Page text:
New rail/road 'inland port' to boost East Mids economy?
They're a feature of many motorway junctions these days; I'm referring to the enormous warehouses that are the new growth industry of UK plc.
The latest is planned for farmland by junction 24 of the M1 near East Midlands Airport.
But this development is more ambitious than most. The 6m sq ft site would be served by a new railway.
Freight brought into the UK via Felixstowe, Hull or the Channel ports would arrive into the proposed distribution centre and the economic heart of the East Midlands region by rail, rather than road.
Some residents near the airport aren't convinced. They've raised concerns during consultation meetings with local politicians.
But Roxhill Developments of Rugby, the company behind the project, is upbeat. One of its directors, Kate Bedson, told me about its rail interchange ambitions.
"This site will act like an inland port for the goods that are coming in from oversees and Europe," she said.
"Our evidence suggests it should generate 6,000 jobs."
An existing freight rail line linking Nottingham and Birmingham would be extended to the proposed site.
The developers also talk up the benefits for M1 motorists.
"Junction 24 is very important for the region, but it's almost up to capacity," she added.
"There'll be improvements to M1 junctions in the area and a new bypass for Kegworth. All of this will ease the road network and make it easier to get freight here on the railway," added Ms Bedson.
And that sort of talk is attracting influential backing.
"It's an opportunity for us," said Martin Traynor, chief executive of the Leicestershire Chamber of Commerce.
"This scheme will link both rail and air transport at East Midlands Airport. It already handles the second largest amount of air freight in the UK and the opportunity of adding rail to it will be of huge strategic advantage for the region."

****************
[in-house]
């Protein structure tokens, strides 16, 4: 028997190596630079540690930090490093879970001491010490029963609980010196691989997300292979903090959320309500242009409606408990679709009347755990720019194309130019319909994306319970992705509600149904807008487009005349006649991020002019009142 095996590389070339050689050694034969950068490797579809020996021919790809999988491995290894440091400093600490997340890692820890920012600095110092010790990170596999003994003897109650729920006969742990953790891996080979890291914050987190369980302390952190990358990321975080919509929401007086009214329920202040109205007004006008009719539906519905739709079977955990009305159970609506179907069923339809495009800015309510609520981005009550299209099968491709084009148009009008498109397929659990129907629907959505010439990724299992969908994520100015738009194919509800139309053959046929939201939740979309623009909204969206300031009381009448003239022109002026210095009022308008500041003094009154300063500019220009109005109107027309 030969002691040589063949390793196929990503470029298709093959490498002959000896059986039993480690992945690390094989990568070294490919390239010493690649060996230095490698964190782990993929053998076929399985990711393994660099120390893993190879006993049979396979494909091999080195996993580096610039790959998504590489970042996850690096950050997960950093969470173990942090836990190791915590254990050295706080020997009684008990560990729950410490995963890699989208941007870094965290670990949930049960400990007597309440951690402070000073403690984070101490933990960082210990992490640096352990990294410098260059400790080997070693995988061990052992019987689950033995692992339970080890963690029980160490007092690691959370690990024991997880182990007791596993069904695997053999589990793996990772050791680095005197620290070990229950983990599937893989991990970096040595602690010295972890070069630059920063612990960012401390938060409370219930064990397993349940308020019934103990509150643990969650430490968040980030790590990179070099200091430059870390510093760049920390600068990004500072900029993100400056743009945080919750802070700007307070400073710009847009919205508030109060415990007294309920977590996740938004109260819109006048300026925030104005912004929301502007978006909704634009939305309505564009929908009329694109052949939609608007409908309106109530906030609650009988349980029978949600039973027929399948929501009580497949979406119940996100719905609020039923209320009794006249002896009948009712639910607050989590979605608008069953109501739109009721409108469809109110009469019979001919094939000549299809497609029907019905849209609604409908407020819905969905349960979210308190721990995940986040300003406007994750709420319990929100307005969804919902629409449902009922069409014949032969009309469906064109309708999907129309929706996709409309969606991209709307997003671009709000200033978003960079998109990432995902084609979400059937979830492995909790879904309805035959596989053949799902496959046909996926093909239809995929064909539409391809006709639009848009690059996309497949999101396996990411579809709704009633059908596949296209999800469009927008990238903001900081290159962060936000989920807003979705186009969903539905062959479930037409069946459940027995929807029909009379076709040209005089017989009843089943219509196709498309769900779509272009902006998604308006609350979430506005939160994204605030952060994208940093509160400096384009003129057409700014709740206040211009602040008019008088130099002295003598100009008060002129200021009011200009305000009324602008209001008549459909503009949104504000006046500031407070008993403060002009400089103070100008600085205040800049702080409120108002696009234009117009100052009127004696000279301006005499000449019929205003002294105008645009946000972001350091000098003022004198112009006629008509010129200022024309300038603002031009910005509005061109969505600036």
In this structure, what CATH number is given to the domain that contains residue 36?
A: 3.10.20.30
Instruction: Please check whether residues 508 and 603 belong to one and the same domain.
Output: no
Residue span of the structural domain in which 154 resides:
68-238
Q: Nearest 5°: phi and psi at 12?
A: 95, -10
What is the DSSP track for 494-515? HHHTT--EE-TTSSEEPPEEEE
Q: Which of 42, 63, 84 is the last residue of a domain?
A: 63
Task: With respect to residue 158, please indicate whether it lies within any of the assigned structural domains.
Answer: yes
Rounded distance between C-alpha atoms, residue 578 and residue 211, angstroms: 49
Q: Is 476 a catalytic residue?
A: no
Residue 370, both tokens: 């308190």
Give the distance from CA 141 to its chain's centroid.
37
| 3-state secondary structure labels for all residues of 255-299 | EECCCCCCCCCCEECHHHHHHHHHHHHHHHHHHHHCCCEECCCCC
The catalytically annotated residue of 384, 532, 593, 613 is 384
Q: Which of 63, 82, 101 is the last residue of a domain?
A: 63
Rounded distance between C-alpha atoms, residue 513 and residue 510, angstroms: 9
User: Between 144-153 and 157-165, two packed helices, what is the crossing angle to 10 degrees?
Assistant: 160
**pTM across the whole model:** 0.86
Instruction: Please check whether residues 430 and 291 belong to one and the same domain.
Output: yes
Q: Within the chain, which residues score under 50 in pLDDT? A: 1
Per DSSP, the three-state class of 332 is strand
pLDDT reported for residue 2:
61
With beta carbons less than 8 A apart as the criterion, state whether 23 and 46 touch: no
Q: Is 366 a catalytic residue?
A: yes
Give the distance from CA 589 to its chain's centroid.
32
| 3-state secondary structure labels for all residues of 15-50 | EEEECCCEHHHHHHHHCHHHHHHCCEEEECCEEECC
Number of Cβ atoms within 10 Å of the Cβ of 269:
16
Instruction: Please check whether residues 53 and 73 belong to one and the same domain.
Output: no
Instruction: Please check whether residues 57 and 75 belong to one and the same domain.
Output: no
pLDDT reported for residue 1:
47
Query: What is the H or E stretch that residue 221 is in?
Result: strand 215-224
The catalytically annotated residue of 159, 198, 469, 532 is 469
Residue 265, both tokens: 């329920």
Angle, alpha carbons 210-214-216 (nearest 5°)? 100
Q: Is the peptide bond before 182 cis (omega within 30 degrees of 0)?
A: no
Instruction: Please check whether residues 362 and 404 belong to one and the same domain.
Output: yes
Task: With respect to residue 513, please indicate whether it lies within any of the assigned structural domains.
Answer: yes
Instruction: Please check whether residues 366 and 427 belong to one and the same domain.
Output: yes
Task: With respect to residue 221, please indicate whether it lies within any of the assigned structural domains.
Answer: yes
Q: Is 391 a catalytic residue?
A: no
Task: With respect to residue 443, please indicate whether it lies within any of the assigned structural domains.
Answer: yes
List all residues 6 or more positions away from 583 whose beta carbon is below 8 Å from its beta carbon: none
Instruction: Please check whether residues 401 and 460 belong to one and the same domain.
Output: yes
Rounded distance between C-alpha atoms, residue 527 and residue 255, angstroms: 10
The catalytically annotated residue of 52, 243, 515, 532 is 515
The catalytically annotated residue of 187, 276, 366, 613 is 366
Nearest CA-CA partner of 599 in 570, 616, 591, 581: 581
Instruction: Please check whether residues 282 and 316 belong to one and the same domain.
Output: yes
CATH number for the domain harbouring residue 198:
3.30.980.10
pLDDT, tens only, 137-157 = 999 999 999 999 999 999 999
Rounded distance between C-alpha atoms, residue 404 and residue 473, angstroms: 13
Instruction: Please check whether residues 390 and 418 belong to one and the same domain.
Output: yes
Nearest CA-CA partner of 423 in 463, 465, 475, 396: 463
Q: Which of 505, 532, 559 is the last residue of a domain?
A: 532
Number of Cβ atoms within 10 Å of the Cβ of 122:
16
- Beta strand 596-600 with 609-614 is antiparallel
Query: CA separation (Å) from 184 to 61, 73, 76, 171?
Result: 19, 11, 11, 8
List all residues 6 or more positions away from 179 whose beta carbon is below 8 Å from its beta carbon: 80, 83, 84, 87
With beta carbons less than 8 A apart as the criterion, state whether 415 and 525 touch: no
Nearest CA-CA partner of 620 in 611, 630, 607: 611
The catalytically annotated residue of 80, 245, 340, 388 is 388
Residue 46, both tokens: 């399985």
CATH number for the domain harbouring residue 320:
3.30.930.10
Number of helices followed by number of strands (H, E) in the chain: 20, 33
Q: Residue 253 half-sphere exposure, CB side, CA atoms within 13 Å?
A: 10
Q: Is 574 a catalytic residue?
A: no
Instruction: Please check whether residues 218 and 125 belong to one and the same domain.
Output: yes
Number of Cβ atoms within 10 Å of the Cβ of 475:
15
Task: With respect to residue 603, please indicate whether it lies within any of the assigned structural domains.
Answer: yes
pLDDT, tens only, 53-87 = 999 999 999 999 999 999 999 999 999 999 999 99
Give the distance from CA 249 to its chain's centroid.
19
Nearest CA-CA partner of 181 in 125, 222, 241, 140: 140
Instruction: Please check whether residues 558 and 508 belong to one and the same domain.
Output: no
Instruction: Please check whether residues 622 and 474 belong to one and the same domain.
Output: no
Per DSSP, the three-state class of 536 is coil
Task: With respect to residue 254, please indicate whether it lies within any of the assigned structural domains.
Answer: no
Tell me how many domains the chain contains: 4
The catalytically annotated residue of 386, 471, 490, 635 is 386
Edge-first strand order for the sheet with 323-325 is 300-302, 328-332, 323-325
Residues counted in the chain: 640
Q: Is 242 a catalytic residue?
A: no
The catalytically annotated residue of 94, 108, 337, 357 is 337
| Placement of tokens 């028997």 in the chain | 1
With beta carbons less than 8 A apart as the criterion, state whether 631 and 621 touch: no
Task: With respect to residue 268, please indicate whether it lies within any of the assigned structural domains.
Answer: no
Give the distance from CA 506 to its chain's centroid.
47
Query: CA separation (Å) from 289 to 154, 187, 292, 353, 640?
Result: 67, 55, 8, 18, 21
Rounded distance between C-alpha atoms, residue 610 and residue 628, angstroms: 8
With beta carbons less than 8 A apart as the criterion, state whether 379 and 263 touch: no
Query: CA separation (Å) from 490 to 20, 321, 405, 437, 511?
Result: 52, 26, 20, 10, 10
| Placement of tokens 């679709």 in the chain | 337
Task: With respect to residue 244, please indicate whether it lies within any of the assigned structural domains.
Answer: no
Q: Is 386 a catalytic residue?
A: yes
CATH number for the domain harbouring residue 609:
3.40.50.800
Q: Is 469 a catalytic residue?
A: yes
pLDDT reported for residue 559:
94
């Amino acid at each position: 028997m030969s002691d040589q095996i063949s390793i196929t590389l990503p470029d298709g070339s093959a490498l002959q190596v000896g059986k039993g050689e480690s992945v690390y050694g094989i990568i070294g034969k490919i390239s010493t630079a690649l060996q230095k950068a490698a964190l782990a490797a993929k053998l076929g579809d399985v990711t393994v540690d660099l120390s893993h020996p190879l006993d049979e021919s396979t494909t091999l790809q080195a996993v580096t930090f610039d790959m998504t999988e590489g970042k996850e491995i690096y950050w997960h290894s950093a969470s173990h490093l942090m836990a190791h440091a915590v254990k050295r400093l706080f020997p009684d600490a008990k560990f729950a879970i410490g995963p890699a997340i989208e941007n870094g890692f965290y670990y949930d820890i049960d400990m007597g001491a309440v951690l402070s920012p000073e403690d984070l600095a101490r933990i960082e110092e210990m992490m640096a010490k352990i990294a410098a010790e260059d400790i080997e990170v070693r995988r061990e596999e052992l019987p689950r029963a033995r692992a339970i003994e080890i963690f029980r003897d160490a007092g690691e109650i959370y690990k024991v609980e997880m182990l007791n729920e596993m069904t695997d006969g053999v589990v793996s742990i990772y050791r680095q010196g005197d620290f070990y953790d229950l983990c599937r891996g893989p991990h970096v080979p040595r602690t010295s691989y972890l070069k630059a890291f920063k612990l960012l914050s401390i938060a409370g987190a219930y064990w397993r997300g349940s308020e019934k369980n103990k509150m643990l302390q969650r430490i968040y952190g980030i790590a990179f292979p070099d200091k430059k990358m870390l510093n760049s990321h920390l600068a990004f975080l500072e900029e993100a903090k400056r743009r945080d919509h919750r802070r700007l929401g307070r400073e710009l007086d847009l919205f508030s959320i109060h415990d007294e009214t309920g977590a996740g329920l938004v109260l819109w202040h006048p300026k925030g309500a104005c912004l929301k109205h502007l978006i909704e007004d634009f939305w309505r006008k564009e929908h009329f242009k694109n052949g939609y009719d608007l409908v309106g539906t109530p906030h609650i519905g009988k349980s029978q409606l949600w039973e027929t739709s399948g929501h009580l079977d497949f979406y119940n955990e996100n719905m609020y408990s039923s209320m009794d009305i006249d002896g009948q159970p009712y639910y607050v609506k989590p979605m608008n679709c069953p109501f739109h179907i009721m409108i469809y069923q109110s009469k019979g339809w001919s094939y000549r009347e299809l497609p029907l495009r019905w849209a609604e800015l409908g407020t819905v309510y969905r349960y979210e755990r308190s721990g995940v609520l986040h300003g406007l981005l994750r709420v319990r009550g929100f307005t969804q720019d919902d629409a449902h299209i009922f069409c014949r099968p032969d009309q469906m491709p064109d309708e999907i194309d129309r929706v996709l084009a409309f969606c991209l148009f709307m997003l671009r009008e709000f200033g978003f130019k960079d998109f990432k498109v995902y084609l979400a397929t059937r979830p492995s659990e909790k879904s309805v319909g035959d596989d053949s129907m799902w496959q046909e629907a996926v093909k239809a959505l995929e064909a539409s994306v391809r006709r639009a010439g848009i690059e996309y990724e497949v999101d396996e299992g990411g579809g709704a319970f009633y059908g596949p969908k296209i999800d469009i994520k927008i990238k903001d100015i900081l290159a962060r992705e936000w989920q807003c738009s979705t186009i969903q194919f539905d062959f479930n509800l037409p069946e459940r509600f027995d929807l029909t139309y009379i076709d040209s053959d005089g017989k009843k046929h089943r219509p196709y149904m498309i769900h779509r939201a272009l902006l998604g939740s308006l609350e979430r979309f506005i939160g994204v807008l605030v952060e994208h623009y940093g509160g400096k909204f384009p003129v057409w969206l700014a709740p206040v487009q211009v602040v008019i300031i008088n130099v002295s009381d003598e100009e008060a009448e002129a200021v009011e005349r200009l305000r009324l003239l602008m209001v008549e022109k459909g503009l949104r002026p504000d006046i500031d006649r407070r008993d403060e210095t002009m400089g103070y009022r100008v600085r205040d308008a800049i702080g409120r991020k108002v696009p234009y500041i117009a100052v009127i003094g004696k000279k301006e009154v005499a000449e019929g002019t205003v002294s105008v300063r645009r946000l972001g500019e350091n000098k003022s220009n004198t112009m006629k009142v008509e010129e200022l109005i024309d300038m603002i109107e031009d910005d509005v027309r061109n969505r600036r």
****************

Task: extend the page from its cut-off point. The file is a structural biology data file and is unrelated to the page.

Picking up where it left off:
Conservative MP for Leicestershire North West, Andrew Bridgen, has a dilemma weighing the concerns of local residents and the project's economic potential.
"It would put over £10m of business rates into the local council. We also need jobs and the investment. That's a major factor," said the MP.
At a time of recession and a lack of employment opportunities, the prospect of 6,000 new jobs, you would have thought, would be welcomed with open arms. But not in the villages of Lockington and Hemington, which could have the rail freight interchange on their doorstep.
"I don't think for a minute there'll be 6,000 new jobs," said Hemington parish councillor Toni Harrington
"Unemployment here is very low, so there's little benefit for us there. But there'll be 6,000 people in their cars coming here and we are already under strain with one of the busiest motorway junctions in the country," she added.
Another villager opposed to the scheme is Peter Hill.
"We'll be completely ring-fenced by a railway system and with continual 24/7 freight traffic movement. The noise and light pollution will be unacceptable," he told me.
The government wants a national network of rail interchanges like this to take more freight off the roads.
Indeed, Transport Secretary Justine Greening says the government is taking measures to "unblock" obstacles. By that she means using planning powers to approve transport infrastructure schemes deemed to be of national significance.
"I'm a supporter of the government's policy for rail interchanges. It'll help to get freight off the road. It's good for the environment and good for business," added Andrew Bridgen.
The proposed junction 24 rail freight interchange is set to be an unwelcome neighbour for residents. They say the go-ahead is not yet a done deal. But the economic case may prove too powerful and persuasive for government ministers to ignore.